Growth & income investing in emerging markets

Julian Mayo discusses the increasing dividends that emerging market companies are offering shareholders.

Developments in corporate governance, maturing economies and changing demographics are leading to companies in emerging markets (EMs) paying out higher dividends to shareholders.   
As bottom up investors looking for growth in these markets, we believe that companies that generate sufficient cash both to reinvest in the future growth of their businesses and return what remains to shareholders as dividends are preferable to those that hoard excessive cash and those low growth companies that lack reinvestment opportunities.  In addition, we look for management teams who regard the company assets as belonging to all shareholders, not just to some, e.g. the founding family, the state or management itself.

Whereas 20 years ago EMs were characterised by generally poor governance, over the last two decades there have been gradual but widespread improvements.    One catalyst to this was the Asian financial crisis of 1997-8, which discredited a model in which controlling shareholders – whether families or governments – were often able to do more or less as they pleased with assets which belonged to all shareholders.  They had hitherto got away with it due to the rapid growth in these economies in the booming period of the mid-1990s.  Following this crisis, foreign investors became more aware of the benefits which could accrue from improved governance and started to exert pressure on companies.

Over this period, the growth rate of many countries has slowed as they became wealthier.  For example, Korea and Taiwan (the second and third largest EMs by market capitalisation) were growing at 6-8% prior to the Asian crisis, but are now growing at closer to 3%.  At the same time, population growth in most countries is falling, in some cases sharply.  As a result, the high capital spending, debt-fuelled corporate model, which aims to capture or at least maintain market share in a rapidly-expanding economy, is no longer appropriate for most firms. It has broadly been replaced with one focusing more on cash flows and financial prudence.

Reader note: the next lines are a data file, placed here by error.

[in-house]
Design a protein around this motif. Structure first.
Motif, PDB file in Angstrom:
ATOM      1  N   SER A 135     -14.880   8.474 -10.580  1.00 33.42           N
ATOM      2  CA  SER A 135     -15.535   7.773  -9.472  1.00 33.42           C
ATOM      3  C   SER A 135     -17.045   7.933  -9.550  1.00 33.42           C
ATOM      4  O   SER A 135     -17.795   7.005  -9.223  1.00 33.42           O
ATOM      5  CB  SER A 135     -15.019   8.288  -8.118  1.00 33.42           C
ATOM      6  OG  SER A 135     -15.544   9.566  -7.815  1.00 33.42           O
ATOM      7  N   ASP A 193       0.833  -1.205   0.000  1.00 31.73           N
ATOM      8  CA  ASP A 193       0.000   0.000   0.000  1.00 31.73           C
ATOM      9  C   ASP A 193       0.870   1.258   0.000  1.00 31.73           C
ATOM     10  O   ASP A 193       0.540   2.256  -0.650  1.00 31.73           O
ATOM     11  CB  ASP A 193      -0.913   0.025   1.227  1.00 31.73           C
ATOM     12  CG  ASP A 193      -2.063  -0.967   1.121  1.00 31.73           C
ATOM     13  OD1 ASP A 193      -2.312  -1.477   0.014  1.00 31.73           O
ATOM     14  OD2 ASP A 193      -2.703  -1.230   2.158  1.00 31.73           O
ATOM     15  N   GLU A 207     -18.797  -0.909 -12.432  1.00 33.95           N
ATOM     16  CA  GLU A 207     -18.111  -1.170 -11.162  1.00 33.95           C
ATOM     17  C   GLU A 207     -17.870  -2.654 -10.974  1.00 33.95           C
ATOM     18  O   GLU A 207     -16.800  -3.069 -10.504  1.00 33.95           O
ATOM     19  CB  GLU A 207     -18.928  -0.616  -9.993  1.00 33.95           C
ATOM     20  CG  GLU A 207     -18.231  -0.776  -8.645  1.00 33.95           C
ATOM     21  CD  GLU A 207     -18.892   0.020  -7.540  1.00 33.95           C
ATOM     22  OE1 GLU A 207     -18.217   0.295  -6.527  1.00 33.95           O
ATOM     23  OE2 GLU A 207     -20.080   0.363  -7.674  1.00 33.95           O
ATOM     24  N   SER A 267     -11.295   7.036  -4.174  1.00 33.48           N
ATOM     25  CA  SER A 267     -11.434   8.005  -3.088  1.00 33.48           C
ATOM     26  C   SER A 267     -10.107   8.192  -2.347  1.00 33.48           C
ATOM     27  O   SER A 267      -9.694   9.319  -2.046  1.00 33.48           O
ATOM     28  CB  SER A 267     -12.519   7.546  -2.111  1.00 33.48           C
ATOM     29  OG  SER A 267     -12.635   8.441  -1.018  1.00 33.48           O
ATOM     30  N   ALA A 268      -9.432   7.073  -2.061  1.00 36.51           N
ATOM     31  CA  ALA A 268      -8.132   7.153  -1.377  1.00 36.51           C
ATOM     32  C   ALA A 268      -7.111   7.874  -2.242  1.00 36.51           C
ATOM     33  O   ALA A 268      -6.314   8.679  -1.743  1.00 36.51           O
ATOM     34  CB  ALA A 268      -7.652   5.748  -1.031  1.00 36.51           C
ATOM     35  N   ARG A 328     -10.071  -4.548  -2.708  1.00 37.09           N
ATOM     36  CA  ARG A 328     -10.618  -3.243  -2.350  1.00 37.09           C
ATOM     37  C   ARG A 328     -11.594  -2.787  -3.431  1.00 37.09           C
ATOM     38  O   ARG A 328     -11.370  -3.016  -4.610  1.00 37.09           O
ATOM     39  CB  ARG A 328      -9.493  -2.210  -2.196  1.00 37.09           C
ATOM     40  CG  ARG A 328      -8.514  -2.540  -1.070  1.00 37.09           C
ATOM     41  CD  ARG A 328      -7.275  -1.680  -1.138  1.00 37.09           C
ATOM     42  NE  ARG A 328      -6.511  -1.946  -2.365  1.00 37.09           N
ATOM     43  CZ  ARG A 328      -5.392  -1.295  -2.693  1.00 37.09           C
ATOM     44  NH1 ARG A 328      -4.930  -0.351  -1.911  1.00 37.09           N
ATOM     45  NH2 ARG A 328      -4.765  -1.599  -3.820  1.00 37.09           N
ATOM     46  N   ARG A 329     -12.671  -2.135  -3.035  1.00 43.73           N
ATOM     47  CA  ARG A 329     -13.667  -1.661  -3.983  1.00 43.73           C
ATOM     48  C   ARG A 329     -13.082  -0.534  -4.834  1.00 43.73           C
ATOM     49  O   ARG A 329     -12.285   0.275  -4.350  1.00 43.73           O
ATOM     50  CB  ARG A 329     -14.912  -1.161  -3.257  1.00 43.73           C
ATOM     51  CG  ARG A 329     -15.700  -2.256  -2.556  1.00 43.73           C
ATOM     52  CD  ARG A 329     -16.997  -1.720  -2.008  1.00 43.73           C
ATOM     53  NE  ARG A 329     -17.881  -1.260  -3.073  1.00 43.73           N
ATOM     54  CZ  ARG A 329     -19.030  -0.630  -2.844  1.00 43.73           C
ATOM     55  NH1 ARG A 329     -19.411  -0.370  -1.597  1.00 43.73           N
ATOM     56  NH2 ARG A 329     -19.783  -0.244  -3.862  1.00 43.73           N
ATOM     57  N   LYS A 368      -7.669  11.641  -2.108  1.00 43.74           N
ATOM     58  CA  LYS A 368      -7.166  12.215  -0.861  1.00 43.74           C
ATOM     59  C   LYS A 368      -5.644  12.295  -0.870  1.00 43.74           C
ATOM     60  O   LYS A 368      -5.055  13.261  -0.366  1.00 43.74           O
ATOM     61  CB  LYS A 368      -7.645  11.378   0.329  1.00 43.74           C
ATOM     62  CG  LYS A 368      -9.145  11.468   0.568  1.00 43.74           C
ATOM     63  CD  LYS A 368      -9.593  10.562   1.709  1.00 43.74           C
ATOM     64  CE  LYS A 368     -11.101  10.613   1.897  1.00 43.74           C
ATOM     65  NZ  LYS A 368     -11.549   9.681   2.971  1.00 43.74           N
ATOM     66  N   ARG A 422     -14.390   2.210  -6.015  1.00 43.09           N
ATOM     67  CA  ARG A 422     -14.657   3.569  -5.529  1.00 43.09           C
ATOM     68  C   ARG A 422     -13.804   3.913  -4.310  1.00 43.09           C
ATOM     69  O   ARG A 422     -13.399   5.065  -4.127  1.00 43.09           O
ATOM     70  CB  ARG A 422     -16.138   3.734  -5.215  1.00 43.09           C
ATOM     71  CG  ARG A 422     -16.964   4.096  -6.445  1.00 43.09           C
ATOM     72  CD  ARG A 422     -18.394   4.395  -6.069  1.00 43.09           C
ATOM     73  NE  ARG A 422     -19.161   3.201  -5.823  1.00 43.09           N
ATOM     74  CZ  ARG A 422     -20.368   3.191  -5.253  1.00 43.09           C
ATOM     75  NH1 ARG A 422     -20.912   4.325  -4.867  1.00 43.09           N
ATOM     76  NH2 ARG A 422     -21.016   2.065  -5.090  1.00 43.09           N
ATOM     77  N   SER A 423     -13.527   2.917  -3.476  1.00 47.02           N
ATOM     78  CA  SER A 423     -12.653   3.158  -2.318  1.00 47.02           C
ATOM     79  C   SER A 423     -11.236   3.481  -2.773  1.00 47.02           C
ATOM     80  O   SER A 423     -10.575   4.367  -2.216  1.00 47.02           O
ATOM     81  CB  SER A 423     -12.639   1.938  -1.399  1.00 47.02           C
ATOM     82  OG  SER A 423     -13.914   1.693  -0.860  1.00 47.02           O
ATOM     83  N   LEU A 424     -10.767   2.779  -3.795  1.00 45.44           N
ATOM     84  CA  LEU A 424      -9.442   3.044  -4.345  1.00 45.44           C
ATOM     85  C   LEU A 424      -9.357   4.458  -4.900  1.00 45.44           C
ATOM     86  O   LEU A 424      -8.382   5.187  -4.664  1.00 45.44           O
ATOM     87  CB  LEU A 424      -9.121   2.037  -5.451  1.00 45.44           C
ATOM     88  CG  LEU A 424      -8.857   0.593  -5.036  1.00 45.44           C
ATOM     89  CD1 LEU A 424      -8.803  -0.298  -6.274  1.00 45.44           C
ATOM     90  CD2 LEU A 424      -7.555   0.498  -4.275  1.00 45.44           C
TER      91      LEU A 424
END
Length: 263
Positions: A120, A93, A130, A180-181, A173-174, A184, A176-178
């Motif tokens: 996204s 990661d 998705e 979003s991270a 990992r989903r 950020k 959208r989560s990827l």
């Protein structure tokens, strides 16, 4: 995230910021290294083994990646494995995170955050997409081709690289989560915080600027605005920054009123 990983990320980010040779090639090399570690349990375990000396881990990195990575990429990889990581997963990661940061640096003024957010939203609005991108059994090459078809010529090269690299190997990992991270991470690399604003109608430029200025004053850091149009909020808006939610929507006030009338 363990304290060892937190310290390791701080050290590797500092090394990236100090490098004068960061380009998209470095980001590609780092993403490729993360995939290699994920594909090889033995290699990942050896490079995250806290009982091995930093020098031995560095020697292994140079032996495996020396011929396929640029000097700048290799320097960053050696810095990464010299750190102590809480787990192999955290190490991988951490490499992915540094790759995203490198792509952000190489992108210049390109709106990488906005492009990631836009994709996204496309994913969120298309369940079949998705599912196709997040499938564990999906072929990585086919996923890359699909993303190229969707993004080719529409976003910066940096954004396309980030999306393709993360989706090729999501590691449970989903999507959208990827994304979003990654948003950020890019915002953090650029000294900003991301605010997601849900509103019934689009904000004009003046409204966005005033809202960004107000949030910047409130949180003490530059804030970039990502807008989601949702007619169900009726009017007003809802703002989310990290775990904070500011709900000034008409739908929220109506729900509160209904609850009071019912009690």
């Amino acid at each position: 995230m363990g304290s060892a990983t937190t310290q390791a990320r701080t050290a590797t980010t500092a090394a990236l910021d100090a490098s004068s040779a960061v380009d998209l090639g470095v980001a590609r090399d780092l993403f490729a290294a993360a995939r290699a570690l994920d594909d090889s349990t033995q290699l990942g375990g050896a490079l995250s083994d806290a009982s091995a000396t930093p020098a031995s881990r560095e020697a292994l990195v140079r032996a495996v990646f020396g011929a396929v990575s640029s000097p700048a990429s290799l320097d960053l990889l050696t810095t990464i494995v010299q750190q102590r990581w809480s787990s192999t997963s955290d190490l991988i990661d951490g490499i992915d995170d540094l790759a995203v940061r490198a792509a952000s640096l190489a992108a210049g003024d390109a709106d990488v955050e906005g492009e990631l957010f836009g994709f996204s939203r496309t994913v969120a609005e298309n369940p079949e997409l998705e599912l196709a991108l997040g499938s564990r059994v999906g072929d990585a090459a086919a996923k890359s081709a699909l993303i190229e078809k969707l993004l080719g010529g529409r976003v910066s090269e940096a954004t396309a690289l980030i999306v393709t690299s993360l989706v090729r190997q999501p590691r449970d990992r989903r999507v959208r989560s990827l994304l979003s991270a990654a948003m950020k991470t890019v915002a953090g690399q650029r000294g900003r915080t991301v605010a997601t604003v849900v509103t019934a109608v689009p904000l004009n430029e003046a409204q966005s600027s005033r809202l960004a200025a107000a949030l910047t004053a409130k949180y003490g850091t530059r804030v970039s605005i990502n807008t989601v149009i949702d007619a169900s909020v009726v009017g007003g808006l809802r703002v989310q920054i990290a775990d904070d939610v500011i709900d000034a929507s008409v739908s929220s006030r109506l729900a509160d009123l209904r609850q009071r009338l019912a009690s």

An example of this dynamic is Samsung Electronics, one of the very largest EM companies.  For decades this was seen as a high growth company, generating returns but ploughing them back into the business.  The last few years there have been four factors at play which have led to a very different approach.  Firstly, the growth rate of its core businesses – notably, mobile phones – has slowed.   Secondly, the company’s shareholders are largely foreigners, many of whom (including ourselves) have spoken to management about the need to improve returns.   Thirdly, the Samsung group is undergoing a restructuring due partly to generational asset transfer issues.  Finally, there is increasing pressure from domestic stakeholders, from local shareholders to President Moon Jae-In, who recognise that increased dividend payouts will help longer term funding for pensioners in Korea.

The table below shows how Samsung’s dividends have increased in recent years:


Dividend Amount Payable (Korean Won)

2018 ₩          1,138.00
2017 ₩             970.00
2016 ₩             420.00
2015 ₩             420.00
2014 ₩             410.00
2013 ₩             286.00
2012 ₩             110.00

Source: Morningstar and Fiera Capital

The consequence has been a fall in the capex/sales ratios in most economies, including the five largest markets.  Furthermore, an increasing part of the returns from equity investing in EM is coming from dividends as opposed to capital gains.  As the chart below shows, a quarter of the returns in the last decade have come in the form of dividends paid to shareholders, a ratio which has widened over the last six or seven years.

Source: MSCI and Fiera Capital
In our view, a portfolio investing in high quality, growing companies who treat the company as belonging to all shareholders and who provide them with a consistently rising income stream should produce strong compounding returns over time.  Companies of this nature are increasingly to be found in emerging markets.  

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